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Domestic workers in Qatar now earn on average US$450 (QR1,645) a month, up 4.4 percent from $431 (QR1,575) last year, according to a new survey by an online recruitment firm.

The report, published by HelperChoice, is compiled annually. This year, it analyzed some 2,000 job advertisements placed on the site between January and August.

The data showed that salaries across the region increased in 2017. Domestic workers in the UAE earned the highest average salary per month ($494), up 14 percent from $433 last year.

Helperchoice.com

Domestic workers in the UAE command the highest wages

Qatar’s workers earn the second highest salaries in the GCC, the report said, followed by Saudi Arabia in third ($442) and Kuwait in fourth place ($419.)

The figures quoted are for salaries only, and do not include flights, medical care or other allowances, such as food or clothing.

Doha slips in city rankings

Notably, people living in Doha were willing to pay higher salaries than those living in Al Khor, according to the report.

Employers in Qatar’s capital paid QR1,612 ($461) on average, while those in the north offered QR1,411 ($386) a month.

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Compared to other cities in the Gulf, Doha fell in the rankings this year, from second place to fourth.

Dubai took the top spot for best-paid domestic helpers, followed by Kuwait and Abu Dhabi.

Meanwhile, the lowest paid workers in the GCC are in Makkah, where they earn an average of $360 a month.

New domestic worker law

The apparent increase in average income for domestic workers in Qatar follows the passage of a new law to help protect the country’s home helpers.

Amnesty International

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Law No. 15 of 2017 states that newly-hired nannies, maids, drivers and gardeners must have a written contract with their employer.

Previously, these were not required, and this meant that they could not file complaints against their employers with the labor ministry.

The law also says that househelpers should have a maximum 10-hour day, during a maximum six-day week.

The legislation is historic in that no such caps were defined before.

However, this still means that a worker earning the average of QR1,645 a month makes about QR7 an hour in Qatar.

 

Thoughts?

Nasser al-Naama

Nasser Al-Naama’s nanny, Yaya, with his sisters.

Hoping to show his childhood nanny how much he appreciated her, a Qatari man recently recorded a video thanking the woman in her native language.

The tribute was for Filipina expat Yaya Zubaidah, who left Qatar six years ago after working in the country for two decades.

Al-Naama said he chose to deliver his message in Tagalog to also show his gratitude for Qatar’s large Filipino population.

Speaking to Doha News, Al-Naama explained:

“I feel that the Filipino community is often overlooked and under-appreciated in Qatar, and it’s a shame.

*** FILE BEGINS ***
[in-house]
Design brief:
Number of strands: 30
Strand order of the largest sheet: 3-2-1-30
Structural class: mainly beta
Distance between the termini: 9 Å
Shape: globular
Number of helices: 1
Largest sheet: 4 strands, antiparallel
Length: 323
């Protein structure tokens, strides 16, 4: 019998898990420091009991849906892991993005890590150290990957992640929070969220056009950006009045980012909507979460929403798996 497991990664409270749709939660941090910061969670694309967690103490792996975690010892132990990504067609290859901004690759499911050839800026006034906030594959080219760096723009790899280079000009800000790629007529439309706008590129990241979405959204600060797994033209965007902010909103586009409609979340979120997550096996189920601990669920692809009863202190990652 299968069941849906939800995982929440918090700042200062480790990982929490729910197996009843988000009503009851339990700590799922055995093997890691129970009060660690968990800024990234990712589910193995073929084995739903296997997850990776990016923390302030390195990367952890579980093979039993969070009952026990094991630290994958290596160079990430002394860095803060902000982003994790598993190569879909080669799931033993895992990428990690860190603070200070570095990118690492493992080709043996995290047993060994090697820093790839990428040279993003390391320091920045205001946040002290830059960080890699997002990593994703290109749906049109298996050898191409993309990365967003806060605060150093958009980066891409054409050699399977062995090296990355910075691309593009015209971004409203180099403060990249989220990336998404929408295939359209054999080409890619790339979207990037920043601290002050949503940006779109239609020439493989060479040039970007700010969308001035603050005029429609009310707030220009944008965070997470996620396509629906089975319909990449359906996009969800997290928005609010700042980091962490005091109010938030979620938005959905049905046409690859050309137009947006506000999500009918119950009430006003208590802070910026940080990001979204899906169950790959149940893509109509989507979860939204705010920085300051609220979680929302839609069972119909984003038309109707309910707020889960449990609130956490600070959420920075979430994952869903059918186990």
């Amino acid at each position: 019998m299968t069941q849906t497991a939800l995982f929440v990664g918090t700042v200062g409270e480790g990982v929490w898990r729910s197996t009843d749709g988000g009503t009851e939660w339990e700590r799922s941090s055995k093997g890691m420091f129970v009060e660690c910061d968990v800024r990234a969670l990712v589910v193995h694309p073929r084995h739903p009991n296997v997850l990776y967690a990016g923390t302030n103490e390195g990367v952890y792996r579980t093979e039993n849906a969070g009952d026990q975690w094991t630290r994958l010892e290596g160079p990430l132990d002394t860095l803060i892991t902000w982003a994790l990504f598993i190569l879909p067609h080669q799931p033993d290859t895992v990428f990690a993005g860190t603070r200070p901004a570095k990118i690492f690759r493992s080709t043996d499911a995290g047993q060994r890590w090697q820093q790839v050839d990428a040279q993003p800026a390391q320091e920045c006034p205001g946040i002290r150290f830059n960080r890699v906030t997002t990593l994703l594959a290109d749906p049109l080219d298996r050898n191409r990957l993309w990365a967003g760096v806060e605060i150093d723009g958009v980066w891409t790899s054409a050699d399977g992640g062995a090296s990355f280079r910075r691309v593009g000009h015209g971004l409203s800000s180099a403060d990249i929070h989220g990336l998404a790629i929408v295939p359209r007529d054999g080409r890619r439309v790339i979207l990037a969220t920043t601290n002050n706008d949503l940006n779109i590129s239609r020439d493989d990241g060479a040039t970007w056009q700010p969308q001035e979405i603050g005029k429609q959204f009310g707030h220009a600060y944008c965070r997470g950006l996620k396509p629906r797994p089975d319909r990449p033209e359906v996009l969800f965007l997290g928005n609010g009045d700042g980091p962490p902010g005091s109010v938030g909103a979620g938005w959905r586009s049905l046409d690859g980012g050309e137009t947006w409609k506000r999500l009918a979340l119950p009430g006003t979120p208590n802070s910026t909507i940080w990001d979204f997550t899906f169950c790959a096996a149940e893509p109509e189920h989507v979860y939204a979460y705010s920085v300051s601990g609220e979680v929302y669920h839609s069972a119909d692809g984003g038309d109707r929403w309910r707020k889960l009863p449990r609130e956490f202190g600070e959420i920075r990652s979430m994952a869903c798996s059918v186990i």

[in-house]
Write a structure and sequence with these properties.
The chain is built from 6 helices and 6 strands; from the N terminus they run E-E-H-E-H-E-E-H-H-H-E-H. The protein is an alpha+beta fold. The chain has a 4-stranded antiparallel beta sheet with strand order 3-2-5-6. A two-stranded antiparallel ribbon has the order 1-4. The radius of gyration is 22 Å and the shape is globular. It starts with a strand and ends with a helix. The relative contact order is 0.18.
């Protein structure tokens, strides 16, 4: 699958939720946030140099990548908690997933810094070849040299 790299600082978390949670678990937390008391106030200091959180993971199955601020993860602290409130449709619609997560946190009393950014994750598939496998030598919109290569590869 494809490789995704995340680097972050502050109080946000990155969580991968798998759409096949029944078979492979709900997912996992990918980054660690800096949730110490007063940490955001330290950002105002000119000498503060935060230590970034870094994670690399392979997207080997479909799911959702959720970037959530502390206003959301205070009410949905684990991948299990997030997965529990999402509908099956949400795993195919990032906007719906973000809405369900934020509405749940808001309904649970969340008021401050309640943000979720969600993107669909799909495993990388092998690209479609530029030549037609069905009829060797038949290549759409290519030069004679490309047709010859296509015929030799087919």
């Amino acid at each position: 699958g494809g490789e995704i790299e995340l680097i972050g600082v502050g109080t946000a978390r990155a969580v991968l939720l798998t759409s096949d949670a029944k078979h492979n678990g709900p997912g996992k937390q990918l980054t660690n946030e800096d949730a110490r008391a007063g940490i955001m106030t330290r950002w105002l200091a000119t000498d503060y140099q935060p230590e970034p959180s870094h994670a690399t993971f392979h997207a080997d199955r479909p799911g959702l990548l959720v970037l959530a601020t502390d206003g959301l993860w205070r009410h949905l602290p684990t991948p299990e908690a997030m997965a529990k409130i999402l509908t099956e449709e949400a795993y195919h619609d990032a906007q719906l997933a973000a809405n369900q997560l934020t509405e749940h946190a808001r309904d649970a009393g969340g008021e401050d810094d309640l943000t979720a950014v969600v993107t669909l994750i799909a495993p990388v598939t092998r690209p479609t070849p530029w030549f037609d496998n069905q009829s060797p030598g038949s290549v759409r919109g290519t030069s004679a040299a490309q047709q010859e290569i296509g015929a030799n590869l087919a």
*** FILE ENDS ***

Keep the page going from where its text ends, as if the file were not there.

“I recognized the power of story telling and tried to convey an important message of gratitude using the video.”

Tribute to Filipina nanny

Through his nanny, Al-Naama said he used to practice speaking Tagalog, and hopes to become fluent in it one day.

With the help of Jordan De La Cruz at Qatar Living, he was able to accurately translate his heartfelt message into the language.

Pixabay

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Describing Zubaidah as “the seventh member of our family,” Al-Naama said that that she had been “a quintessential part of (his) entire family’s life.”

In the video, he added:

“Because of her, I feel an immediate kinship with Filipinos anywhere I go in the world. Even though I can’t speak the language (yet), I feel like an extended family member of the global Kabayan community.”

Referencing the ongoing Gulf dispute, Al-Naama also highlighted the local Filipino community’s solidarity with his country.

“I especially want to thank you for standing by Qatar and showing your support during the recent crisis,” he said in Tagalog.

Separated by retirement

Zubaidah began working for Al-Naama’s family before he was born, and retired in 2011.

Her move back home to the Philippines to be with her family affected Al-Naama deeply, he said.

“Even though I knew she would retire one day, when it actually happened it was a completely different ball game. It was so hard.” 

Al-Naama added that he had found it hard to keep in contact with Zubaidah after she left because he was so upset.

But his message brought about a reunion, via Skype.

In scenes shared on Philippines television, Al-Naama was able to talk with his childhood nanny and tell he how much he missed her.

Showing visible emotion in the video, Al-Naama explained why he hadn’t kept in touch, and that he felt “really bad” about it.

“You were part of our lives for more than 20 years, and I wanted to do something. I didn’t just want to call you. I wanted to do something special,” he explained.

Sacrifices made

Like most domestic workers living abroad, Zubaidah was supporting her family back home.

Al-Naama said he knew that this meant she had to sacrifice being with her own husband and two daughters, to help raise someone else’s family.

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For this reason especially, he said that he believed people in Qatar should be “very compassionate” when employing staff who have had to leave their loved ones behind.

“She (Zubaidah) was always present in my life, when she wasn’t present for her biological children. Her daughter has said that her mum missed so many important events in her life.

I never underestimated that.”

Thoughts?